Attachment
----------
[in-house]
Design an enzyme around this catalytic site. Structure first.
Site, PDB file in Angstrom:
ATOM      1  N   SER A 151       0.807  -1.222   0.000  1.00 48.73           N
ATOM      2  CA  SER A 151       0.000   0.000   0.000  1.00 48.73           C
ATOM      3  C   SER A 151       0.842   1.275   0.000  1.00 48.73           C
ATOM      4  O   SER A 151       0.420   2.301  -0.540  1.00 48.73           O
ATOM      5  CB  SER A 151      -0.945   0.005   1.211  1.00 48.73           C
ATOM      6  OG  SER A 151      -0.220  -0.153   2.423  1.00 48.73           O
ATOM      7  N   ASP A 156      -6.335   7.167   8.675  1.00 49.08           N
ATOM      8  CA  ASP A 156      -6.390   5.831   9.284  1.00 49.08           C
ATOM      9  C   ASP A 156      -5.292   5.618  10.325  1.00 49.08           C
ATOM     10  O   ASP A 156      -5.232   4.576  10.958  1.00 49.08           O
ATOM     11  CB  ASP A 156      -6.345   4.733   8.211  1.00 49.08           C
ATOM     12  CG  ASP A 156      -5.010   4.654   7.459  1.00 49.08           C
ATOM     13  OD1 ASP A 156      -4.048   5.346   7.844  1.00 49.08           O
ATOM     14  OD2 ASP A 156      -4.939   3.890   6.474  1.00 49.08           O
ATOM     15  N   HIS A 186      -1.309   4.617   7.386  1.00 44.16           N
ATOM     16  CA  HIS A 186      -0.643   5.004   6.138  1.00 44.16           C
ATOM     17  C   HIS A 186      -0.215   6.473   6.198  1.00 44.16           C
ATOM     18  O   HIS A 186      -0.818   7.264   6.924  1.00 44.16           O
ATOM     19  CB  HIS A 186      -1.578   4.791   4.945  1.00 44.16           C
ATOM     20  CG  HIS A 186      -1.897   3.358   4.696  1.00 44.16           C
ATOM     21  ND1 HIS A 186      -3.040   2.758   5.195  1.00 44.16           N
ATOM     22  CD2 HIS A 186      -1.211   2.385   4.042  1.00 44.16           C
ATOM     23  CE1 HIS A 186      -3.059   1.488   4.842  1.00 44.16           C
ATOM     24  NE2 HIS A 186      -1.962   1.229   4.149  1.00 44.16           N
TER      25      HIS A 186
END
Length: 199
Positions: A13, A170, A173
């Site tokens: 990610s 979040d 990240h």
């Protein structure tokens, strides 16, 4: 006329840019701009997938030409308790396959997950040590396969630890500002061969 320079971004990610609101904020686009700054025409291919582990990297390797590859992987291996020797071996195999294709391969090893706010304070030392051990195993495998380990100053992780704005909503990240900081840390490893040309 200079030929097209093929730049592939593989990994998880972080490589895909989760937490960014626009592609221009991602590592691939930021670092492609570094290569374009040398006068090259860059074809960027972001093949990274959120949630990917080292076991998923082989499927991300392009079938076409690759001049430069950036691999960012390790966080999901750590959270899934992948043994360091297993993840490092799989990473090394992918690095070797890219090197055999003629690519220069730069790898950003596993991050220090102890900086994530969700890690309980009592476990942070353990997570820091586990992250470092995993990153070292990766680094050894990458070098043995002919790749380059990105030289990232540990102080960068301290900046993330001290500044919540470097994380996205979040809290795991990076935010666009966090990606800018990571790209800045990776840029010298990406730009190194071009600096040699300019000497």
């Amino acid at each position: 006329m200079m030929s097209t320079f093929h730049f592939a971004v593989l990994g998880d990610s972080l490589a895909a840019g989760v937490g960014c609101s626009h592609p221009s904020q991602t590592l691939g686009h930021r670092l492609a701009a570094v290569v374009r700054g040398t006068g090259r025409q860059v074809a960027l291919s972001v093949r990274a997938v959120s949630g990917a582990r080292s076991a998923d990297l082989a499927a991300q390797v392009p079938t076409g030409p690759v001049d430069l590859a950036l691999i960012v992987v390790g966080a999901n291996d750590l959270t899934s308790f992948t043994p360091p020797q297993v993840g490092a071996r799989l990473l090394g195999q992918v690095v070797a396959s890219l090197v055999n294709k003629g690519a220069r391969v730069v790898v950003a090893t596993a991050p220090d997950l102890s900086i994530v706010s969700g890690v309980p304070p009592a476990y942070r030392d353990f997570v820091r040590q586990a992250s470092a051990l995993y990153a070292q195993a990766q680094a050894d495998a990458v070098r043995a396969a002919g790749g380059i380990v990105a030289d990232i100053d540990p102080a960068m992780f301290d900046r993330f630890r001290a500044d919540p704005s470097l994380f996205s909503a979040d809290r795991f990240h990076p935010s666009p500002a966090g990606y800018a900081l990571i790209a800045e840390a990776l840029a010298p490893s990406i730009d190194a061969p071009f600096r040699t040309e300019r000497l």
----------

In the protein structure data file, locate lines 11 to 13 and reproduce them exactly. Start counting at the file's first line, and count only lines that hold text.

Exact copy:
ATOM      8  CA  ASP A 156      -6.390   5.831   9.284  1.00 49.08           C
ATOM      9  C   ASP A 156      -5.292   5.618  10.325  1.00 49.08           C
ATOM     10  O   ASP A 156      -5.232   4.576  10.958  1.00 49.08           O